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In C#, C++ and Java, when you create a constructor taking parameters, the default parameterless one goes away. I have always just accepted this fact, but now I've started wondering why.

What is the reason for this behavior? Is it just a "safety measure/guess" saying "If you've created a constructor of your own, you probably don't want this implicit one hanging around"? Or does it have a technical reason that makes it impossible for the compiler to add one once you have created a constructor yourself?

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You can add C++ to the list of languages that have this behaviour. – Henk Holterman Aug 3 '12 at 9:11
And in C++ you can now say Foo() = default; to get the default one back. – MSalters Aug 3 '12 at 9:35
If your constructor with parameters can have default arguments for all its parameters, then it would conflict with the built-in parameterless constructor, hence the need to delete it when you create your own. – Morwenn Aug 3 '12 at 14:13
Imagine being present for this debate between the founders of the first compiler to make the default constructor requirement and the heated discussion it would have inspired. – kingdango Aug 7 '12 at 17:48
@HenkHolterman C++ isn't just another with this behaviour, but the originator, and it's to allow C compatibility, as discussed by Stroustrup in The Design and Evolution of C++ and as summarised in my updated answer. – Jon Hanna Aug 9 '12 at 12:58

10 Answers 10

up vote 204 down vote accepted

There's no reason that the compiler couldn't add the constructor if you've added your own - the compiler could do pretty much whatever it wants! However, you have to look at what makes most sense:

  • If I haven't defined any constructor for a non-static class, I most likely want to be able to instantiate that class. In order to allow that, the compiler must add a parameterless constructor, which will have no effect but to allow instantiation. This means that I don't have to include an empty constructor in my code just to make it work.
  • If I've defined a constructor of my own, especially one with parameters, then I most likely have logic of my own that must be executed on creating the class. If the compiler were to create an empty, parameterless constructor in this case, it would allow someone to skip the logic that I had written, which might lead to my code breaking in all number of ways. If I want a default empty constructor in this case, I need to say so explicitly.

So, in each case, you can see that the behaviour of current compilers makes the most sense in terms of preserving the likely intent of the code.

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I think the rest of your answer pretty much proves your first sentence wrong. – Konrad Rudolph Aug 3 '12 at 16:58
@KonradRudolph, the first sentence says a compiler could add a constructor in this scenario - the rest of the answer explains why it doesn't (for the languages specified in the question) – JohnL Aug 3 '12 at 17:51
Well no. If we designed an OO language from scratch, the most obvious meaning of there being no constructor is, "you neglected to add a constructor that ensures the class' invariant" and it would raise a compilation error. – Jon Hanna Aug 26 '12 at 12:23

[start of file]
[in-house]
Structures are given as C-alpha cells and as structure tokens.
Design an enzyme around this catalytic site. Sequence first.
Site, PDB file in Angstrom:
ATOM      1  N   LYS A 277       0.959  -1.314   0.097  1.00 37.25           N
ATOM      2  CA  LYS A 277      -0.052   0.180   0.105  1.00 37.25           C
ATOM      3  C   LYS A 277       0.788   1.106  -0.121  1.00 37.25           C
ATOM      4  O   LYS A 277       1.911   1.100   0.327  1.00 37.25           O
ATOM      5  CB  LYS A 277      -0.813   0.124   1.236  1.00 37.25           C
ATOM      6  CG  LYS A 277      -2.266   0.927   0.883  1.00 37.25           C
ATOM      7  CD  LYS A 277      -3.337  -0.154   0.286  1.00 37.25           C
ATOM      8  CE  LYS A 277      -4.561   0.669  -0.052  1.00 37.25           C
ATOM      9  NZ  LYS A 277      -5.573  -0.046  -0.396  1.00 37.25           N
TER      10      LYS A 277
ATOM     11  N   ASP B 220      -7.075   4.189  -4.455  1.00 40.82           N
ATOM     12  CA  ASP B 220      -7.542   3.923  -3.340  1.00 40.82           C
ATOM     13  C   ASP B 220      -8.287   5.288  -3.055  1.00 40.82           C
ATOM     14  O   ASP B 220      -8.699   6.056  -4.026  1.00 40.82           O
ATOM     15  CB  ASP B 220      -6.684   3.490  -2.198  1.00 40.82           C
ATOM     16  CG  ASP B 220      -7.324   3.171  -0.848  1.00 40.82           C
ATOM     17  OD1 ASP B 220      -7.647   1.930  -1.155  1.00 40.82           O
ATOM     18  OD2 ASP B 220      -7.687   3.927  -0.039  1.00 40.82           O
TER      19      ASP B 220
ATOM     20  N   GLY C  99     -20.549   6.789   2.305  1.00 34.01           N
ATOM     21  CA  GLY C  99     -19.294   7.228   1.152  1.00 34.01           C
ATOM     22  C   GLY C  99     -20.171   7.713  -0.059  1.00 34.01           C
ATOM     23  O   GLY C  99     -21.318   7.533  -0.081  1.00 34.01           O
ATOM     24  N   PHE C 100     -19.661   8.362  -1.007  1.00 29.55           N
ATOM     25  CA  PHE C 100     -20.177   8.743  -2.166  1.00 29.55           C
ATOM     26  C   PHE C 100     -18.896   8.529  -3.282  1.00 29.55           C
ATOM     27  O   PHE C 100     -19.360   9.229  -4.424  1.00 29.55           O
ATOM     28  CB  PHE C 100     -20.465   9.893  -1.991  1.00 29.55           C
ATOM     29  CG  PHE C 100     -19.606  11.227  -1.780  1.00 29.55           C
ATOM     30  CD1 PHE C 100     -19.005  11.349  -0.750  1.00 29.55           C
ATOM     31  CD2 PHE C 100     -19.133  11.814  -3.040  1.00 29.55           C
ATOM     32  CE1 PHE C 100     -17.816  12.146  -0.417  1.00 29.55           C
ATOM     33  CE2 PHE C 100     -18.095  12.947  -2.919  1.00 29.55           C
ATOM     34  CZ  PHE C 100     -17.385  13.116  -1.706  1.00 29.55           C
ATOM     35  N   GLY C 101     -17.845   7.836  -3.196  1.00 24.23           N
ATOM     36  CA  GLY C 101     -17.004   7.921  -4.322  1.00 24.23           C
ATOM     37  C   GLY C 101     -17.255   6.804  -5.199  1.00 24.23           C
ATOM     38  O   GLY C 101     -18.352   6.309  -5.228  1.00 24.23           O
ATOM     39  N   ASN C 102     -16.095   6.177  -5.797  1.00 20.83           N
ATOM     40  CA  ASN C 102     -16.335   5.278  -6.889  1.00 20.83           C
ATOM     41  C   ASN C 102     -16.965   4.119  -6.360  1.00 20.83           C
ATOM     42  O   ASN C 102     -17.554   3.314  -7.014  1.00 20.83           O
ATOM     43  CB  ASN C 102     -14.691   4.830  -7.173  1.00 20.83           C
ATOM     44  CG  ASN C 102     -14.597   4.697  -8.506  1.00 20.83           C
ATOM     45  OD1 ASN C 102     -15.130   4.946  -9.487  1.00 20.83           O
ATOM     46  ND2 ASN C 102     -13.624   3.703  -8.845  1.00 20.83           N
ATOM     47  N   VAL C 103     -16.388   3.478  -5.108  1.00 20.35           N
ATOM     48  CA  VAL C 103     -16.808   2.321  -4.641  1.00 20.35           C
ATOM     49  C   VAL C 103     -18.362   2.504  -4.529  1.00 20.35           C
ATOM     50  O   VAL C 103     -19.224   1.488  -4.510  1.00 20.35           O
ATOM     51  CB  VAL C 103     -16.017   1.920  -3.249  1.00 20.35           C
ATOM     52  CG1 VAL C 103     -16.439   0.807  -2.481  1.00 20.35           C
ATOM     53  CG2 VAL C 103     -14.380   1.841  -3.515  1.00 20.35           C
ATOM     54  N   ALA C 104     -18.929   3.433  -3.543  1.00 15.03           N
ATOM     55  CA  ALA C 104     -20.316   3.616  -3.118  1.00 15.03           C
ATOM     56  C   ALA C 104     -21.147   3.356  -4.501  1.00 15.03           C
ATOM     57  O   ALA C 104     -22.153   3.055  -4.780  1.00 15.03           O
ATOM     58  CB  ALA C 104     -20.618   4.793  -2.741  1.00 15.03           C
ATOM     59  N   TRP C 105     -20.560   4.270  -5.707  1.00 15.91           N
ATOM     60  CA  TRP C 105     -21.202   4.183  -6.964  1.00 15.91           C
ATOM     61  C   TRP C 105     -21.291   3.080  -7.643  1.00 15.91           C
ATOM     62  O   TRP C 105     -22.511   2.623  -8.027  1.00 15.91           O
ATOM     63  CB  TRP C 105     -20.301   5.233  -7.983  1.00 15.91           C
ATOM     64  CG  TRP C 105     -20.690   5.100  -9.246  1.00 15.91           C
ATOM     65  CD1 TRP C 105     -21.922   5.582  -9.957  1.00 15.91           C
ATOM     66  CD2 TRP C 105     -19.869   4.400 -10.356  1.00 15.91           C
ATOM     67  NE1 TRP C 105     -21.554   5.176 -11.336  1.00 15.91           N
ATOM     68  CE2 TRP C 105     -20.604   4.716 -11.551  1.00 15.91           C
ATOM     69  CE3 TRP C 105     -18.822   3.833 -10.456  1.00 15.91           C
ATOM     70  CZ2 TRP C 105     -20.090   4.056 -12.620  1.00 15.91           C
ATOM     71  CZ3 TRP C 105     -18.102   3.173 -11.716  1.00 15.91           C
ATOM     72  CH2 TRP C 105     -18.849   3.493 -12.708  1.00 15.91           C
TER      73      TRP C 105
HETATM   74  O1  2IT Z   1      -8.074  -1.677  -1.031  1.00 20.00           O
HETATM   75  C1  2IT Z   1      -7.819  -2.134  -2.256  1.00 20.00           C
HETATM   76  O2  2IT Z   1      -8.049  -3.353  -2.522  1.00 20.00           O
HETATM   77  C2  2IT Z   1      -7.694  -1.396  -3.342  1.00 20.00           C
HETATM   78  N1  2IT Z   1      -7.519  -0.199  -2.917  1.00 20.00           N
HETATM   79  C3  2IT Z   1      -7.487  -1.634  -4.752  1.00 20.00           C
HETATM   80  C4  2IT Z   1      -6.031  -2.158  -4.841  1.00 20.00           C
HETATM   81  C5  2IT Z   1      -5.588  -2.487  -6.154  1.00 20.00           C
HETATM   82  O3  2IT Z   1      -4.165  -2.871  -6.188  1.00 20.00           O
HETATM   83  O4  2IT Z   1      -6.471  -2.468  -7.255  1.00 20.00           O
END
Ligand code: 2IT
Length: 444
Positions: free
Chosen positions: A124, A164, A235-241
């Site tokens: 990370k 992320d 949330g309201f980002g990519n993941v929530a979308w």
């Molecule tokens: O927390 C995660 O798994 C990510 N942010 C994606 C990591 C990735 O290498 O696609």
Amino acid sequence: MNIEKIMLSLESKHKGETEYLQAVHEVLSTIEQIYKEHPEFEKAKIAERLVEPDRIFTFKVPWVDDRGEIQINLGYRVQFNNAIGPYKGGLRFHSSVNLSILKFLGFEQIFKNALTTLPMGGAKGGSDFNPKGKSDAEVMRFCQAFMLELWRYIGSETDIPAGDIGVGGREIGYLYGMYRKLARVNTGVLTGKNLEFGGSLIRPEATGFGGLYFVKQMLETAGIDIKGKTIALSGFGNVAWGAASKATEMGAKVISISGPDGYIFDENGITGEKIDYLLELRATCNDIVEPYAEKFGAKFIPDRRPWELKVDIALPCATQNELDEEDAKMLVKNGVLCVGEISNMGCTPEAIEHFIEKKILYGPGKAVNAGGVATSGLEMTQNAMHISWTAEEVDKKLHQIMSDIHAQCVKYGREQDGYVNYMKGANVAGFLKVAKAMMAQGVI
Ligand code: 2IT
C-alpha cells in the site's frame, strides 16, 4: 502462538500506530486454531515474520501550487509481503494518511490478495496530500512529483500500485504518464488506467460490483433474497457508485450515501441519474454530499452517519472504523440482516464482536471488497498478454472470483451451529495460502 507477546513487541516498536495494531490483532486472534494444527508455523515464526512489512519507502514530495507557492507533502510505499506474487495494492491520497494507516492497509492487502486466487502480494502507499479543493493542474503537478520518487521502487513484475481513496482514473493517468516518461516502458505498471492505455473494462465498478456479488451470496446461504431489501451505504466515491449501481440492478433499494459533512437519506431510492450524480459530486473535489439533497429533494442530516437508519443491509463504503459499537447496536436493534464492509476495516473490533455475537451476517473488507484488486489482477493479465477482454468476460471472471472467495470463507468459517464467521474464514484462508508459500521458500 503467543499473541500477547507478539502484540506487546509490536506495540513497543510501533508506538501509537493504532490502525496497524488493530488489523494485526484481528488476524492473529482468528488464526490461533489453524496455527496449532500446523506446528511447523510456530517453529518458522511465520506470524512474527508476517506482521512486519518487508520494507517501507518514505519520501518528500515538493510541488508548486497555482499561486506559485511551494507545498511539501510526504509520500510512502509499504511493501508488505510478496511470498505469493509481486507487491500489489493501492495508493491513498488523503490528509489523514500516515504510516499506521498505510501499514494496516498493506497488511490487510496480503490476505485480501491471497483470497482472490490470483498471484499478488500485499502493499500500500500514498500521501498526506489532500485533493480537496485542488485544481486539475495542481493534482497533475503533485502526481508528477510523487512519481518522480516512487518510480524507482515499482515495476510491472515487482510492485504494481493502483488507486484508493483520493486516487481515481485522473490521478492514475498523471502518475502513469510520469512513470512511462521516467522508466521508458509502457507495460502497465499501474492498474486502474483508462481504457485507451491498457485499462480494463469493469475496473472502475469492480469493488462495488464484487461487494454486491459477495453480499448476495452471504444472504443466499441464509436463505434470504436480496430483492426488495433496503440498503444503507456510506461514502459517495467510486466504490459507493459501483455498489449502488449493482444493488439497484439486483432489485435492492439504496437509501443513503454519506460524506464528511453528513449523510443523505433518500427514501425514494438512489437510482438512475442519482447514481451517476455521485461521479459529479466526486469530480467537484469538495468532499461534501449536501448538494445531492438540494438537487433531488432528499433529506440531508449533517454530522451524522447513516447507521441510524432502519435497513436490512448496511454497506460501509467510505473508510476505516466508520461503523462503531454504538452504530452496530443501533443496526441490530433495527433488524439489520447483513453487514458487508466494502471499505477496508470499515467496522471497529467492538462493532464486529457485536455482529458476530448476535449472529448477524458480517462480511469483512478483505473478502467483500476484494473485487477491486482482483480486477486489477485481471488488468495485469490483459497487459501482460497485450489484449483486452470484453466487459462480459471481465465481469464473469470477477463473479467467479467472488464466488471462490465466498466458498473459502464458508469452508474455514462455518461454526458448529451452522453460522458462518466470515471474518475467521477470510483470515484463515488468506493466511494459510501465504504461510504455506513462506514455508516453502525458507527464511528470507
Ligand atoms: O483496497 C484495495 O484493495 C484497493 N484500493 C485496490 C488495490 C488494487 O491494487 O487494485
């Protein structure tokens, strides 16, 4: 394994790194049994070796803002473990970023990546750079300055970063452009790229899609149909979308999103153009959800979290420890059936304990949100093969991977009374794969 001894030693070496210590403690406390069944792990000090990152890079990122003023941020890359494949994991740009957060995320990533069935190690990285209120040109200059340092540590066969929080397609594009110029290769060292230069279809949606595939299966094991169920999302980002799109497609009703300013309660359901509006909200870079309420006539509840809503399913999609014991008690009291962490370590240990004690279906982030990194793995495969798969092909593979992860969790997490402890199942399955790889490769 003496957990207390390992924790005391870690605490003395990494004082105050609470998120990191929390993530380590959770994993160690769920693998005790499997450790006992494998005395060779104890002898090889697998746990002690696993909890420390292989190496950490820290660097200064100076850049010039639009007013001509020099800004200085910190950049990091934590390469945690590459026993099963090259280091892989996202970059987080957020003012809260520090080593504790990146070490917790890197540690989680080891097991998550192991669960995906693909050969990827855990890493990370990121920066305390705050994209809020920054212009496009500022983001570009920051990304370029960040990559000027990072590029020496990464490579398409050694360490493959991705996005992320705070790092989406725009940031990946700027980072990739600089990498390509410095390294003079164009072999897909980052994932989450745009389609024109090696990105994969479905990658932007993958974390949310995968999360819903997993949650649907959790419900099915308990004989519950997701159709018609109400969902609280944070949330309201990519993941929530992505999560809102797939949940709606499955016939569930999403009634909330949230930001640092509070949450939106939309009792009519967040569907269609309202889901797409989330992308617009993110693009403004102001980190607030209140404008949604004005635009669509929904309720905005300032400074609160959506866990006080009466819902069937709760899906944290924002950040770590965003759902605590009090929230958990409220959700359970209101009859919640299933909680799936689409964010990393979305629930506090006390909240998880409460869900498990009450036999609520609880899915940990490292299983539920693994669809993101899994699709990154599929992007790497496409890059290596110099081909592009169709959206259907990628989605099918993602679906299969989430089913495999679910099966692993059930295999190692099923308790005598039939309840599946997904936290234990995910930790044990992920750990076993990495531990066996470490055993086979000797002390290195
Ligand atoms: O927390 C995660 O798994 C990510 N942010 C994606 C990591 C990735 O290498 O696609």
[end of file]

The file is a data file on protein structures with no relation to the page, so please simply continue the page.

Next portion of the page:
There's certainly no technical reason why the language has to be designed this way.

There are four somewhat-realistic options that I can see:

  1. No default constructors at all
  2. The current scenario
  3. Always providing a default constructor by default, but allowing it to be explicitly suppressed
  4. Always providing a default constructor without allowing it to be suppressed

Option 1 is somewhat attractive, in that the more I code the less often I really want a parameterless constructor. Some day I should count just how often I actually end up using a default constructor...

Option 2 I'm fine with.

Option 3 goes against the flow of both Java and C#, for the rest of the language. There's never anything that you explicitly "remove", unless you count explicitly making things more private than they would be by default in Java.

Option 4 is horrible - you absolutely want to be able to force construction with certain parameters. What would new FileStream() even mean?

So basically, if you accept the premise that providing a default constructor makes sense at all, I believe it makes a lot of sense to suppress it as soon as you provide your own constructor.

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I like option 3, because when I am writing something, I need more often to have both types of constructors then just constructor with parameter. So I would rather once a day make some parameterless constructor private then write 10 times a day parameterless constructors. But thats probably just me, I am writing lot of seriaziable classes... – Petr Mensik Aug 3 '12 at 8:47
@PetrMensik: If your parameterless constructor really needs to do absolutely nothing, it's a one-liner which surely wouldn't take much more code than an "explicit removal" statement. – Jon Skeet Aug 3 '12 at 8:50
That's right but I was talking about what in my opinion people need more often and that's both type of contructors. So option three is really souds really nice for me:) – Petr Mensik Aug 3 '12 at 8:55
@PetrMensik: Sorry, my mistake, yes. That's definitely the opposite of my experience - and I'd argue that including something automatically is the more dangerous option too... if you accidentally end up not excluding it, you can screw up your invariants etc. – Jon Skeet Aug 3 '12 at 8:56